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In Pictures: China's Guizhou Province
Despite rapid growth, the historically poor region continues to struggle with underdevelopment and emigration.
Last updated: 17 Feb 2014 13:00
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Guiyang, China - Once the poorest province in China, Guizhou is now experiencing rapid development. Last year, farmers' average income in the southern province increased by 16 percent, according to state media.

Yet despite the growth, the region remains poor and relatively undeveloped. Some villages have no electricity or nearby source of drinking water.

In the village of Lina, 300 kilometres away from the provincial capital, the narrow, bumpy roads become impassable after it rains. Most of the villagers use motorcycles to get around, and people walk kilometres to bring back drinking water.

Many young people refuse to stay in the village, and look for work elsewhere. Thirty-two-year-old Qi Mingzheng has worked in Shenzhen - population 10 million - for five years now, coming home once a year. Qi regularly sends money to his parents, but it's barely enough, given that he also has to support his wife and seven-year-old daughter.

"Only old ones stay here," he says. They still work in the fields, cultivating sugarcane and maize. Farmers can sell a ton of sugarcane for 450 RMB ($72) - a 13 percent drop from last year's prices, which shocked most of the village's farmers. "It's a hard place to live," Qi adds.

 


/Andrey Kovalenko/Al Jazeera

Qi Mingzheng, 32, left his village five years ago to look for work opportunities in Shenzhen.



/Andrey Kovalenko/Al Jazeera

Though the Chinese government seeks to invest in rural areas, parts of Guizhou’s countryside remain among the poorest in China.



/Andrey Kovalenko/Al Jazeera

Villagers are satisfied with small positive change - before, they could afford only maize on a regular basis. Today, they can afford rice and vegetables imported from other provinces.  



/Andrey Kovalenko/Al Jazeera

Water scarcity is the main problem in Lina village. People collect rainwater in containers, because the weather this year caused the nearest well to dry up.



/Andrey Kovalenko/Al Jazeera

Kids find simple ways to entertain themselves: building paper airplanes or playing children’s games. 



/Andrey Kovalenko/Al Jazeera

A small school at the village has three teachers and more than 50 pupils.



/Andrey Kovalenko/Al Jazeera

About 300 people live in the village.



/Andrey Kovalenko/Al Jazeera

As the young leave to work in other parts of China, aging grandparents stay in the village. They rarely see doctors and nurses, usually treating themselves with local medicine. To find a doctor they have to make a journey of around 20 kilometres.



/Andrey Kovalenko/Al Jazeera

Those who stay cultivate sugarcane, pepper and maize. Farmers sell crops to a small company, which owns a plant in the nearest city.



/Andrey Kovalenko/Al Jazeera

The price of sugarcane fell by 13 percent this year, hurting local farmers.



/Andrey Kovalenko/Al Jazeera

Residents of nearby villages come to the nearest town to sell food at the market.




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images:
/mritems/images/2014/2/14/201421414952909349_8.jpg;*;/mritems/images/2014/2/14/20142141495350213_8.jpg;*;/mritems/images/2014/2/14/201421414953206607_8.jpg;*;/mritems/images/2014/2/14/201421414953518909_8.jpg;*;/mritems/images/2014/2/14/201421414954253865_8.jpg;*;/mritems/images/2014/2/14/201421414954893125_8.jpg;*;/mritems/images/2014/2/14/201421414955518348_8.jpg;*;/mritems/images/2014/2/14/201421414955784989_8.jpg;*;/mritems/images/2014/2/14/201421414956847929_8.jpg;*;/mritems/images/2014/2/14/201421414956393773_8.jpg;*;/mritems/images/2014/2/14/201421414957440308_8.jpg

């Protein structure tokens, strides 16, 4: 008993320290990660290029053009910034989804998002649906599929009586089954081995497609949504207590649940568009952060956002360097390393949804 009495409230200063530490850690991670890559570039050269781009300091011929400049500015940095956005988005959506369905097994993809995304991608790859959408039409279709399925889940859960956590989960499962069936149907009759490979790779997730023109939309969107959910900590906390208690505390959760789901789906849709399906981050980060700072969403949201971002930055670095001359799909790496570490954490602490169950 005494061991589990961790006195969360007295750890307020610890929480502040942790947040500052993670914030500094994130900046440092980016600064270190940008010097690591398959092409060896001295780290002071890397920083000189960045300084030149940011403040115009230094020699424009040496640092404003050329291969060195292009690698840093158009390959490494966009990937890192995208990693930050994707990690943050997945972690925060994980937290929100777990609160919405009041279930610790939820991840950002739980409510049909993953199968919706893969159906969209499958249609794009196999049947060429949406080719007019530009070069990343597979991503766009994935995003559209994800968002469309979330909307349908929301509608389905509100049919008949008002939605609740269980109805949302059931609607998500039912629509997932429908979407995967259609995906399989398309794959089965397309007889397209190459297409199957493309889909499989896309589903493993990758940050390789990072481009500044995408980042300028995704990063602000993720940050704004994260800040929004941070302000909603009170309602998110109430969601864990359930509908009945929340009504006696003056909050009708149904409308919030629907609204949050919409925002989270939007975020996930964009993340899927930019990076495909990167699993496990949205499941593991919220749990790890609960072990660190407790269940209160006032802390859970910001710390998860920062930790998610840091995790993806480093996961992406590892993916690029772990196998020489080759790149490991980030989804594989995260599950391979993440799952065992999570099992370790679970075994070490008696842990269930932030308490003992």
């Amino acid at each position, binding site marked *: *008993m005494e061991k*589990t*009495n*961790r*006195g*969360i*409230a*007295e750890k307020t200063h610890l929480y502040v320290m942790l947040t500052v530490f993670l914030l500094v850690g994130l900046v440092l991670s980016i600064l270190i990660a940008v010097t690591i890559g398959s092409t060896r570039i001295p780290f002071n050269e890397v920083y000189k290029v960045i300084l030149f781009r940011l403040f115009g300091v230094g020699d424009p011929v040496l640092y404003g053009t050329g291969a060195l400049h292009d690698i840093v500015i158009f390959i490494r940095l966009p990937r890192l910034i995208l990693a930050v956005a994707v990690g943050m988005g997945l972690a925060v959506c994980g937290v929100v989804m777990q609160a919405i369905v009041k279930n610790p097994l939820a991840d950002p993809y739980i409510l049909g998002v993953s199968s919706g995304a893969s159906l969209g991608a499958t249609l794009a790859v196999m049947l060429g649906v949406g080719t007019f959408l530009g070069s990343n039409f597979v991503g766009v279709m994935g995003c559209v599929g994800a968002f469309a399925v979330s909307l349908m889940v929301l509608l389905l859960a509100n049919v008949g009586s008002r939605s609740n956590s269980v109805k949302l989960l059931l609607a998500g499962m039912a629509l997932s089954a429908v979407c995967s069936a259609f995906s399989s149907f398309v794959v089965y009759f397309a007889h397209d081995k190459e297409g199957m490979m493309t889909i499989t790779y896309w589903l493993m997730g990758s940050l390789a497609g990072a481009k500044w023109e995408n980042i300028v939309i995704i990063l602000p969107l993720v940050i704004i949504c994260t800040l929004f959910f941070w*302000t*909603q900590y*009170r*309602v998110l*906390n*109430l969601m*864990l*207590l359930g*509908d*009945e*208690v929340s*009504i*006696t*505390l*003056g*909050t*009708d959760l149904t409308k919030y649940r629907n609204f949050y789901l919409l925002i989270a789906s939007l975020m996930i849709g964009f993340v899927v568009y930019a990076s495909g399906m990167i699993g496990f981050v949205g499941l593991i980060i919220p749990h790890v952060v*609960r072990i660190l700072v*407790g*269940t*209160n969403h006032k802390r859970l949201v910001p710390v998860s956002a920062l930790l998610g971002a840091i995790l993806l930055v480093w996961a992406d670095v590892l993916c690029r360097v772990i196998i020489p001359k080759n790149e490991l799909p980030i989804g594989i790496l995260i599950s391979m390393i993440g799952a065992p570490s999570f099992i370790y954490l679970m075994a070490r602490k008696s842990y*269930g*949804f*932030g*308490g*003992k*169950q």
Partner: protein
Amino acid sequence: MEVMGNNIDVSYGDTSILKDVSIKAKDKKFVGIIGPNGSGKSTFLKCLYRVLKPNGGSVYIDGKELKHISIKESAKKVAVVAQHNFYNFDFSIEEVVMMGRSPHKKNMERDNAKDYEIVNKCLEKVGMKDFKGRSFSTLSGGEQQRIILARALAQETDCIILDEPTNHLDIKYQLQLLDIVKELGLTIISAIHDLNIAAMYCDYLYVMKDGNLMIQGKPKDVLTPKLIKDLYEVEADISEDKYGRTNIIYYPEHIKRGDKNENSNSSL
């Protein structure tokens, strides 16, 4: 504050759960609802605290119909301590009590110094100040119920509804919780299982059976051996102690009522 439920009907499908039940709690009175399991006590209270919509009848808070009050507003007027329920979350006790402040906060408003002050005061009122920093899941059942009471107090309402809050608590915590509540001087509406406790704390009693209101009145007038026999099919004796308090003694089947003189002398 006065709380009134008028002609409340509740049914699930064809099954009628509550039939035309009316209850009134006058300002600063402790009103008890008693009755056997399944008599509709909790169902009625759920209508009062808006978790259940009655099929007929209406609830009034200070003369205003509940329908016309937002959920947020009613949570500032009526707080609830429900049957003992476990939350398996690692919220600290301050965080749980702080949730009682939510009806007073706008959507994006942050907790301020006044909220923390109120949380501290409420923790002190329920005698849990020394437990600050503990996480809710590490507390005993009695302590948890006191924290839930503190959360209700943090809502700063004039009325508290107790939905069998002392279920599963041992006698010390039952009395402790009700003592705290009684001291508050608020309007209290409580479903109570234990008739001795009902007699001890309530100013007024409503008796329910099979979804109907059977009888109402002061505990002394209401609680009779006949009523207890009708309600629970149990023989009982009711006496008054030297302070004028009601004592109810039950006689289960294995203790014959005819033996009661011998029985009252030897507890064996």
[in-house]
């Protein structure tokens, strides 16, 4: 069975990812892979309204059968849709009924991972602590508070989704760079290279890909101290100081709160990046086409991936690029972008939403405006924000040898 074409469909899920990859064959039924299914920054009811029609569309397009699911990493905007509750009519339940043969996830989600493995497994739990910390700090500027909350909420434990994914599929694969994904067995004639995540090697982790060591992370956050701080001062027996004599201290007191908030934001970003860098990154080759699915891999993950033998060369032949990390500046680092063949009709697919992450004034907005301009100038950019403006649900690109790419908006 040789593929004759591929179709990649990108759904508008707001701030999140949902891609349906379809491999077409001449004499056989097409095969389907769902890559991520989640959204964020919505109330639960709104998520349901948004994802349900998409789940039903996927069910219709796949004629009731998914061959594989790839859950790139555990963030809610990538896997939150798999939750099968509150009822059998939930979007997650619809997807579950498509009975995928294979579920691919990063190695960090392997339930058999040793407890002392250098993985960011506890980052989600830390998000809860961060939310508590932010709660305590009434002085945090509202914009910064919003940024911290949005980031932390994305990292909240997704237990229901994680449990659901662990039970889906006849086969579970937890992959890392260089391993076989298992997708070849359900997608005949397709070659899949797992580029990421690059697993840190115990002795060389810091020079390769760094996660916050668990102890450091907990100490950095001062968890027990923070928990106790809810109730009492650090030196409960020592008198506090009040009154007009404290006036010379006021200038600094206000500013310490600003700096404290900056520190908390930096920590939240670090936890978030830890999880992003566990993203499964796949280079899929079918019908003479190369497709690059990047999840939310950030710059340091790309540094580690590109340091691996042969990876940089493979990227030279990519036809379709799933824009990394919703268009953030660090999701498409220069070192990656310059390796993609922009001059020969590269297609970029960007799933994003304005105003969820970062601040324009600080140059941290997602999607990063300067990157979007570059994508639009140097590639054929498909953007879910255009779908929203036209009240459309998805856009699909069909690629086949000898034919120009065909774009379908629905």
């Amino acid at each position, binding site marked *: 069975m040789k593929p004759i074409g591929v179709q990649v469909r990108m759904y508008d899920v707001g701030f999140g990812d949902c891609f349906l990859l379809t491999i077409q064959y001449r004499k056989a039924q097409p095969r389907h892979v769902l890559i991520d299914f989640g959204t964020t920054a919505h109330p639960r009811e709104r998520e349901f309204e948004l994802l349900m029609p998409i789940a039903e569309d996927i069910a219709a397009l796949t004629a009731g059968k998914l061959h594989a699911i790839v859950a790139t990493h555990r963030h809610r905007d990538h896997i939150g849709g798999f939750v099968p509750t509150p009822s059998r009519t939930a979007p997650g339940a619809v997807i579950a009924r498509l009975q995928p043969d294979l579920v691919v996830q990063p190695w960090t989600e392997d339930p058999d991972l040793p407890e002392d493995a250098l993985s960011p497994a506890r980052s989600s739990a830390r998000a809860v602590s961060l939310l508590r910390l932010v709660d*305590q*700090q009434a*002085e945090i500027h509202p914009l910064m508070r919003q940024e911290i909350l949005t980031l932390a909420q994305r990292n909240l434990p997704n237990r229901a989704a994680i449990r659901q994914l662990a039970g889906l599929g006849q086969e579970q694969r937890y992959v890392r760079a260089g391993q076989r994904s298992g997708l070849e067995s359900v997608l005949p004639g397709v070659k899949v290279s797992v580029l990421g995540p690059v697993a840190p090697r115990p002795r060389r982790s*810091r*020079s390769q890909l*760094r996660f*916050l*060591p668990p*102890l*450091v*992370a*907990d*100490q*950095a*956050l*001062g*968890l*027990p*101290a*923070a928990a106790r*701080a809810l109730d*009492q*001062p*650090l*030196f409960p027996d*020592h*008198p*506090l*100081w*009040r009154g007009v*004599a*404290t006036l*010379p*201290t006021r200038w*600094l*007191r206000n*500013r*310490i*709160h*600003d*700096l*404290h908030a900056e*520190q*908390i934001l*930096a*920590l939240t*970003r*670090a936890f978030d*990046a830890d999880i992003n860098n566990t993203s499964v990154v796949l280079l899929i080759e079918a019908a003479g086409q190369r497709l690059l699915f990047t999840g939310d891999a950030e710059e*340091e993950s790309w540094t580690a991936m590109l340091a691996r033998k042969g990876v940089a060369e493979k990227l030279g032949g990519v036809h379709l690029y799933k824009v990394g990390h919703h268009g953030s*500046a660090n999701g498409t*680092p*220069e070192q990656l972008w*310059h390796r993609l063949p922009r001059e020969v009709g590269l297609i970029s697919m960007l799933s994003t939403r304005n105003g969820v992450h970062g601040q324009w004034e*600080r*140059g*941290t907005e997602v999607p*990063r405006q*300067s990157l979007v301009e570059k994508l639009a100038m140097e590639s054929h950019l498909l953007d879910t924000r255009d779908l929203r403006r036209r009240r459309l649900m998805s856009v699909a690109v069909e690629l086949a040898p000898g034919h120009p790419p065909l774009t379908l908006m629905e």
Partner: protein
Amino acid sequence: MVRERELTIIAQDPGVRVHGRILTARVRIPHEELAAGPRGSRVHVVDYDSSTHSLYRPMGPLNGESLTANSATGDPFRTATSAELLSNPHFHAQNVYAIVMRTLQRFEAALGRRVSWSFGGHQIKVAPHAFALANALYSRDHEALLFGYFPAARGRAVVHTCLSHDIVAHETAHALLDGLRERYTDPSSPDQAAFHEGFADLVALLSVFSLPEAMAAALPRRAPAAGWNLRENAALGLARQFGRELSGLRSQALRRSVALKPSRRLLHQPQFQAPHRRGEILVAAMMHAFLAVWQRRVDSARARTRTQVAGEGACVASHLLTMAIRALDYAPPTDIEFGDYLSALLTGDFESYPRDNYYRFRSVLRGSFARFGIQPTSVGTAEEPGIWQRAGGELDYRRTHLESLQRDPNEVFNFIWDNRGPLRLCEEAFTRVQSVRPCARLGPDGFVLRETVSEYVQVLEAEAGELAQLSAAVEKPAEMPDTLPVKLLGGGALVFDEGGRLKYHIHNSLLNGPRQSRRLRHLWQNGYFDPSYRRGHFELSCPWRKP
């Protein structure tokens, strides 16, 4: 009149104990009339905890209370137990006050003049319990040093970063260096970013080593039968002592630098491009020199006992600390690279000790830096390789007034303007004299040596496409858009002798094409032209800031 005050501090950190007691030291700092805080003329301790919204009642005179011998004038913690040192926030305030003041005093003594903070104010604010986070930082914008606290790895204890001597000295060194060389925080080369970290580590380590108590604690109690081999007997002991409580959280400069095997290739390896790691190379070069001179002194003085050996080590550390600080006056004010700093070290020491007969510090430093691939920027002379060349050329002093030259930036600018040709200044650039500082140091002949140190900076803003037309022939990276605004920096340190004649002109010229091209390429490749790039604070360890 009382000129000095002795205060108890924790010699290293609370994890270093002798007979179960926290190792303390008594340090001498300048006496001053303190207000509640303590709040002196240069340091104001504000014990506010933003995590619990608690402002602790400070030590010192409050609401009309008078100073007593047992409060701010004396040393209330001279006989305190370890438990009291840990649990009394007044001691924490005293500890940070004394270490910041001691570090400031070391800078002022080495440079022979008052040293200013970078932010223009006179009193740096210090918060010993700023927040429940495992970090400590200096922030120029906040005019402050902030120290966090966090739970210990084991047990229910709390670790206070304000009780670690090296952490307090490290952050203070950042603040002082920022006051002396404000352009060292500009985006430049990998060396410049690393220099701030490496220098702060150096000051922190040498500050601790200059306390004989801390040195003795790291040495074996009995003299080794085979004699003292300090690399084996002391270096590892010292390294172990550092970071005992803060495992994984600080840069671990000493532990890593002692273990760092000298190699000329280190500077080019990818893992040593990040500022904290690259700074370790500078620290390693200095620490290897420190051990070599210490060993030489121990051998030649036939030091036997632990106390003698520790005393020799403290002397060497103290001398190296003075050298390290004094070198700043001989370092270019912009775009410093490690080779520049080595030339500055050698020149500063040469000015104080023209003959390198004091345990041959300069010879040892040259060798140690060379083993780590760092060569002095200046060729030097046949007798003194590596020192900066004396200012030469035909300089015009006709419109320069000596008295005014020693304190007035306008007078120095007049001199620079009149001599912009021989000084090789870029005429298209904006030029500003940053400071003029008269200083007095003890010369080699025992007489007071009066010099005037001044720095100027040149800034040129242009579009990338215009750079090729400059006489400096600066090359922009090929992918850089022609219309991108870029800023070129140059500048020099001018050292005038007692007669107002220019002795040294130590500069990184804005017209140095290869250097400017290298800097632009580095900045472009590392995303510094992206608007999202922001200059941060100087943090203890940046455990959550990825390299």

captions:

Qi Mingzheng, 32, left his village five years ago to look for work opportunities in Shenzhen.

;*;

Though the Chinese government seeks to invest in rural areas, parts of Guizhou’s countryside remain among the poorest in China.

;*;

Villagers are satisfied with small positive change - before, they could afford only maize on a regular basis. Today, they can afford rice and vegetables imported from other provinces.  

;*;

Water scarcity is the main problem in Lina village. People collect rainwater in containers, because the weather this year caused the nearest well to dry up.

;*;

Kids find simple ways to entertain themselves: building paper airplanes or playing children’s games. 

;*;

A small school at the village has three teachers and more than 50 pupils.

;*;

About 300 people live in the village.

;*;

As the young leave to work in other parts of China, aging grandparents stay in the village. They rarely see doctors and nurses, usually treating themselves with local medicine. To find a doctor they have to make a journey of around 20 kilometres.

;*;

Those who stay cultivate sugarcane, pepper and maize. Farmers sell crops to a small company, which owns a plant in the nearest city.

;*;

The price of sugarcane fell by 13 percent this year, hurting local farmers.

;*;

Residents of nearby villages come to the nearest town to sell food at the market.

Daylife ID:
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Photographer:
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Image Source:
Andrey Kovalenko/Al Jazeera;*;Andrey Kovalenko/Al Jazeera;*;Andrey Kovalenko/Al Jazeera;*;Andrey Kovalenko/Al Jazeera;*;Andrey Kovalenko/Al Jazeera;*;Andrey Kovalenko/Al Jazeera;*;Andrey Kovalenko/Al Jazeera;*;Andrey Kovalenko/Al Jazeera;*;Andrey Kovalenko/Al Jazeera;*;Andrey Kovalenko/Al Jazeera;*;Andrey Kovalenko/Al Jazeera;*;Andrey Kovalenko/Al Jazeera;*;Andrey Kovalenko/Al Jazeera;*;Andrey Kovalenko/Al Jazeera;*;Andrey Kovalenko/Al Jazeera
Gallery Source:
Daylife
Daylife Raw Data:
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